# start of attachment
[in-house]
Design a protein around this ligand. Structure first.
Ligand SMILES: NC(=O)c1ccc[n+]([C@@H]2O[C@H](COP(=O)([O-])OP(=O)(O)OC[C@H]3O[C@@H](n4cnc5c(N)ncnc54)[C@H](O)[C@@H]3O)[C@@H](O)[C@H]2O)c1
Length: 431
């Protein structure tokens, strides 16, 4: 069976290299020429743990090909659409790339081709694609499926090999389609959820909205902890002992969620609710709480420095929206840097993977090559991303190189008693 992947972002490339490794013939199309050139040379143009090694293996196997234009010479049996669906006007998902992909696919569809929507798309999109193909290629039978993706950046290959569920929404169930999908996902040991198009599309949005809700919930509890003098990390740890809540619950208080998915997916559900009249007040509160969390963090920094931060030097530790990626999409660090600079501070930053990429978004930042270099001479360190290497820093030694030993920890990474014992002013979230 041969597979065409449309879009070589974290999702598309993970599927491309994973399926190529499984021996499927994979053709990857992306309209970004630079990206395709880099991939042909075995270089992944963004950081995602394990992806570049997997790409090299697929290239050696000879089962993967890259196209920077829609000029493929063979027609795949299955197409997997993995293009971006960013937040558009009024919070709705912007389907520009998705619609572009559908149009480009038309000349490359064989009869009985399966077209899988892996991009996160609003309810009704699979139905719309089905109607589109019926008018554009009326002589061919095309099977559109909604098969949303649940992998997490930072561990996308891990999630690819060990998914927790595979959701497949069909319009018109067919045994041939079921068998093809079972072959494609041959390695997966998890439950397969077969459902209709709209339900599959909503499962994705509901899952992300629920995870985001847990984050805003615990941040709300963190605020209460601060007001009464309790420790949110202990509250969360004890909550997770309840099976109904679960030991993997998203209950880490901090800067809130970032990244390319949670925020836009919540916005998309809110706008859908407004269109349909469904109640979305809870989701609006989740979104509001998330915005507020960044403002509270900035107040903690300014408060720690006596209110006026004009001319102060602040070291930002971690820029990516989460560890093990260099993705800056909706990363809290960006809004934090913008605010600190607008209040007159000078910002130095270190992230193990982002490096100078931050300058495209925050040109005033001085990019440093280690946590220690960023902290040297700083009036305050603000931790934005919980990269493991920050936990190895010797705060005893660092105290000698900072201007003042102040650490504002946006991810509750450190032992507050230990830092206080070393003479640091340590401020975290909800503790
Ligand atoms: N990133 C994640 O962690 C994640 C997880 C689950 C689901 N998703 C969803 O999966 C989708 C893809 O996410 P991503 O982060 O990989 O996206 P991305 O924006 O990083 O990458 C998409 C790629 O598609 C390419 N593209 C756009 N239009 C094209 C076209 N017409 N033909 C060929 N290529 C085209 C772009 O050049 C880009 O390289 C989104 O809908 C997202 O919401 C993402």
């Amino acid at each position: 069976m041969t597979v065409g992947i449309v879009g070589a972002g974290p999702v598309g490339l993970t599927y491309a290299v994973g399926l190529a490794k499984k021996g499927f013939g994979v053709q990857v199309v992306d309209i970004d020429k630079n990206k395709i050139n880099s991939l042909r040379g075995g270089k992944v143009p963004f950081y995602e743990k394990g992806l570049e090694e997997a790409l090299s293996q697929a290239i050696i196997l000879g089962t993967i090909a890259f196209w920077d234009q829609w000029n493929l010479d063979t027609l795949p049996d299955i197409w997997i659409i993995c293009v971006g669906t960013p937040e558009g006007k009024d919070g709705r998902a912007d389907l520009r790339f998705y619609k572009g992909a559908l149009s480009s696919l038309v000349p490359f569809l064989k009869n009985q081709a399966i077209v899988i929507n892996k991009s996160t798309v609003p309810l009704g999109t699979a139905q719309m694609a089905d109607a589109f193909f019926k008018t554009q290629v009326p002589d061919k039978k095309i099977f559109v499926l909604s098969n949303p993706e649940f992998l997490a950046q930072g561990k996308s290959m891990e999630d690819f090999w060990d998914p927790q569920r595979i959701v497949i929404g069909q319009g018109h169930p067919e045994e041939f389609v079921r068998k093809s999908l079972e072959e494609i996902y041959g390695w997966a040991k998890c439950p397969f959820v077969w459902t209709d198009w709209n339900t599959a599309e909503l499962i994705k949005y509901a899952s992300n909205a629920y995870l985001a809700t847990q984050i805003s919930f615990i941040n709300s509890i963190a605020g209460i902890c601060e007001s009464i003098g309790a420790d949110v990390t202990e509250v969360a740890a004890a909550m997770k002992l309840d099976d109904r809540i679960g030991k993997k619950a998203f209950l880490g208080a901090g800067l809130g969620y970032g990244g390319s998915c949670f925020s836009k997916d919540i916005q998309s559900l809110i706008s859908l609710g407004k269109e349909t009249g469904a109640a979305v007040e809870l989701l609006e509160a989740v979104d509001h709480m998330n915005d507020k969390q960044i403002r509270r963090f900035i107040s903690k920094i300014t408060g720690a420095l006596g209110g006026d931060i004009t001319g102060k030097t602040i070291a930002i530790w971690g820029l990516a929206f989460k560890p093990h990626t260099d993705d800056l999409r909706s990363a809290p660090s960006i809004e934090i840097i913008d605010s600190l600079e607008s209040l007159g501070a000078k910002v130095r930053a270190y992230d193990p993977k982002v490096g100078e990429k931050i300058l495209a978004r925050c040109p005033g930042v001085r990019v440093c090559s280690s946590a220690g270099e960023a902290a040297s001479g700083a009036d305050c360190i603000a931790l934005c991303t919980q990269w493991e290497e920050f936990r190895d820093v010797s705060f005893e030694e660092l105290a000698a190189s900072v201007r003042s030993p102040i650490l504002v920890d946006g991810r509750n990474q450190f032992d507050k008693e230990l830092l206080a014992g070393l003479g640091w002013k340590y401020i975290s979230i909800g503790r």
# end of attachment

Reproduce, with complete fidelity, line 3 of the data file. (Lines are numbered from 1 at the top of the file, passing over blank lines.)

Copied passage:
Ligand SMILES: NC(=O)c1ccc[n+]([C@@H]2O[C@H](COP(=O)([O-])OP(=O)(O)OC[C@H]3O[C@@H](n4cnc5c(N)ncnc54)[C@H](O)[C@@H]3O)[C@@H](O)[C@H]2O)c1